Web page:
Thriving US Middle Market Fundraising and Resilient Private Equity

Regarding Global M&A Private Equity Trends, looking at the positive news, the US middle-market fundraising landscape remained stable throughout 2022, with 156 funds closing at an aggregate value of $133.5 billion, similar to the figures seen in 2020 and 2021. The top thirty middle-market vehicles accounted for over half of all capital raised. The sizes of funds across the private equity sector, including middle-markets, increased, with the median fund size rose to $503.0 million. The number of middle-market PE funds closed in 2022 reached a ten-year high, comprising 42.6% of all funds closed, indicating the middle-market’s dominance in the battle for capital.

Regarding headwinds in Global M&A Private Equity Trends, after the boom year of 2021, world-wide M&A deal-making has hit reverse, with the second half of 2022 down 33 percent, the largest ever second-half swing since records began in 1980. The $3.6 trillion final tally for the second half of 2022 was concentrated in larger deals, with the number of transactions down just 17 percent.

Although second-half deal activity saw a significant slowdown, the first half of 2022 remained the second busiest year on record. Smaller add-on deals gained a larger share of total deals.

While fundraising and investment performance declined, the industry’s growth held reasonably steady, with assets under management increasing to $11.7 trillion as of June 30, 2022.

Inflation Turbulence in 2023

Inflation reached its highest level since the 1980s due to a combination of factors including supply chain issues, government spending, and the invasion of Ukraine. As a result, the Federal Reserve tightened their policies, causing financial losses for investors in both stocks and bonds.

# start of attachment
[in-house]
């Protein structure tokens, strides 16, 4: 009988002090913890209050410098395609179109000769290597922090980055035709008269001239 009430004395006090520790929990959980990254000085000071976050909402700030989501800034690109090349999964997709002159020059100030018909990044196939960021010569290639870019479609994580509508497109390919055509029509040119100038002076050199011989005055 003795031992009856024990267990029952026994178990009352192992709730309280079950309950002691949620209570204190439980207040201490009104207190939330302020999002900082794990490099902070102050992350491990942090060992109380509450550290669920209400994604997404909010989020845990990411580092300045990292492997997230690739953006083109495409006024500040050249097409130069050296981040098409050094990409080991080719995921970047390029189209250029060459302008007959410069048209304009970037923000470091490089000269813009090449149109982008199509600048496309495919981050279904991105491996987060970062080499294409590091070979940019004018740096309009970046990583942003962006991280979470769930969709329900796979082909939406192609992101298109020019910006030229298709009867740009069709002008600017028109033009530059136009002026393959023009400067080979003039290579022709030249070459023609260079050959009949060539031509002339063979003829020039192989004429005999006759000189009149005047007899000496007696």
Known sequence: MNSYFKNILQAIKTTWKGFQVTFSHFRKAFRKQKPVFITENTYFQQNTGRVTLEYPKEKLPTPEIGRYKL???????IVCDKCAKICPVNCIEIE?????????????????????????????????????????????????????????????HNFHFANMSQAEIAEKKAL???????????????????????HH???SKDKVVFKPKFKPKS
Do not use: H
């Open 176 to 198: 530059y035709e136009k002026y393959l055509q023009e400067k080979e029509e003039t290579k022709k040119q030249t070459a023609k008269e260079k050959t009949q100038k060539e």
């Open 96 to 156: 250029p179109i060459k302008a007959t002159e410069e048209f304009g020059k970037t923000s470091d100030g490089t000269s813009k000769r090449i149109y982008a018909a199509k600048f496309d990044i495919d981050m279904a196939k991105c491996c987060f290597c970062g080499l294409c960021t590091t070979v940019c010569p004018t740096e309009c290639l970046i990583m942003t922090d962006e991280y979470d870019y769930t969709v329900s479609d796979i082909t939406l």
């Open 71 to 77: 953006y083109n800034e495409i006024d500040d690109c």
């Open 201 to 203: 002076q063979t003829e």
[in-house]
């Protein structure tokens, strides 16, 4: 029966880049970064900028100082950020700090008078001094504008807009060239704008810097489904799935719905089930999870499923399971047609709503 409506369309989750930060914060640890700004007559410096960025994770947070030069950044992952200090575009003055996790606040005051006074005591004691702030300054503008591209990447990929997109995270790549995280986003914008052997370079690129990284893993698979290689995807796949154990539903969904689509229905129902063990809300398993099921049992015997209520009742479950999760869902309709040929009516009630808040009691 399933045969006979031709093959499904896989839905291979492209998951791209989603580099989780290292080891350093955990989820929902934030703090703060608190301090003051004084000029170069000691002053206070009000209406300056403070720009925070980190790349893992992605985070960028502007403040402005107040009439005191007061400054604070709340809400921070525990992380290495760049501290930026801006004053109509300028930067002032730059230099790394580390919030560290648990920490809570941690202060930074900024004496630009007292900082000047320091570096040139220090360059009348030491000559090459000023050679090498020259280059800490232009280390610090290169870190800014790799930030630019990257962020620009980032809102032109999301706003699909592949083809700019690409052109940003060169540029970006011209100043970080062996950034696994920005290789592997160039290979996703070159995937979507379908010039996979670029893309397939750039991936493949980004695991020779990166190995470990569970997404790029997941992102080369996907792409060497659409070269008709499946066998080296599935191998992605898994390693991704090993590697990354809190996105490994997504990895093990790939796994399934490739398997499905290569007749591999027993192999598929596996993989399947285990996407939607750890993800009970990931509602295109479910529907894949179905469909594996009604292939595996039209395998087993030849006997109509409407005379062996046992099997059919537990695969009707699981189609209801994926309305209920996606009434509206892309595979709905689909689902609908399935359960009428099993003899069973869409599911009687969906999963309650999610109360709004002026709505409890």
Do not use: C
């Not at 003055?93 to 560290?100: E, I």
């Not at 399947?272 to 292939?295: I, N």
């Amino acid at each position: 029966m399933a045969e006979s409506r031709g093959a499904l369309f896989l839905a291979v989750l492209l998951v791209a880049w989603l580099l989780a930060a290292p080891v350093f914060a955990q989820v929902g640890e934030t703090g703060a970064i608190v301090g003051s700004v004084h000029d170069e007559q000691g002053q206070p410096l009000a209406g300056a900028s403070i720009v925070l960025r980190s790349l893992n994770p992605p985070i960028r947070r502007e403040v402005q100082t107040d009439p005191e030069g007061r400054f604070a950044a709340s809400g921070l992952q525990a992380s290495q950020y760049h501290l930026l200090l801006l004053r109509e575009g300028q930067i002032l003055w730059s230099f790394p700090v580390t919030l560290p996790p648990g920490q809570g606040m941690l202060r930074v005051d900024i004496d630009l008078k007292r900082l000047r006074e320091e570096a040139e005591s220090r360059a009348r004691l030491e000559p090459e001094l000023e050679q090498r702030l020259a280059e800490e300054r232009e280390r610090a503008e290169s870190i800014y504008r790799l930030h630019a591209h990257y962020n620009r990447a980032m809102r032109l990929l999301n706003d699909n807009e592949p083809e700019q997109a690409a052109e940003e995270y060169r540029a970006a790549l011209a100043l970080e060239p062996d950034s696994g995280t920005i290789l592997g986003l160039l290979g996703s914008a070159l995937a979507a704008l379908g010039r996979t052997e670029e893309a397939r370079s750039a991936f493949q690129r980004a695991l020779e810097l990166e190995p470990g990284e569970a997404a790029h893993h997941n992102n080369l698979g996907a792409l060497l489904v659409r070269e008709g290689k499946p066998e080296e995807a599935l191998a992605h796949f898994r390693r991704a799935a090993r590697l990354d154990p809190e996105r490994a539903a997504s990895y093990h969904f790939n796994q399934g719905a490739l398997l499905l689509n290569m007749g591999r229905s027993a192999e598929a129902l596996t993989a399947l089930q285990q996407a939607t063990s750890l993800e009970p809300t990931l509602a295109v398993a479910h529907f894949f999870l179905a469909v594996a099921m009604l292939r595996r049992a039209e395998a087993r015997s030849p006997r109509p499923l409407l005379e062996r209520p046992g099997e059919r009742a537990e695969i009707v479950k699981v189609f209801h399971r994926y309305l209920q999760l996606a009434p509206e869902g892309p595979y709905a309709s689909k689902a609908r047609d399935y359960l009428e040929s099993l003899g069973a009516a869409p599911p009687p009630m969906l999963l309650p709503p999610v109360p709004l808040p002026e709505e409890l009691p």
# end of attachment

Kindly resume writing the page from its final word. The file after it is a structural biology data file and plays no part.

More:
Investors are advised to adopt a longer-term perspective. If a recession were to occur, it is expected to be mild, mainly because fiscal policy is likely to remain unchanged. Moreover, the Federal Reserve is anticipated to end their tightening measures early in the upcoming year, and inflation could start to ease by the close of 2023. Wage demands are expected to be moderated, and corporate margins will be stabilized. By 2024, the American economy could be on a comparable trajectory to that of the late 2010s. This scenario could have significant advantages for financial markets. All in all, there remains the possibility of financial markets making gains.

In particular, international equities could reap benefits from lower expectations and already low valuations. While average valuations in the U.S. are considerably higher, major regions like Japan, Europe, and China are all markedly below their long-term averages. Furthermore, investors should consider China as a prospective source of resurgence in the upcoming year, given that the country’s valuations are now similar to those seen in previous reform and regulatory cycles. With judicious investment decisions, 2023 may present an opportunity for financial markets to thrive.




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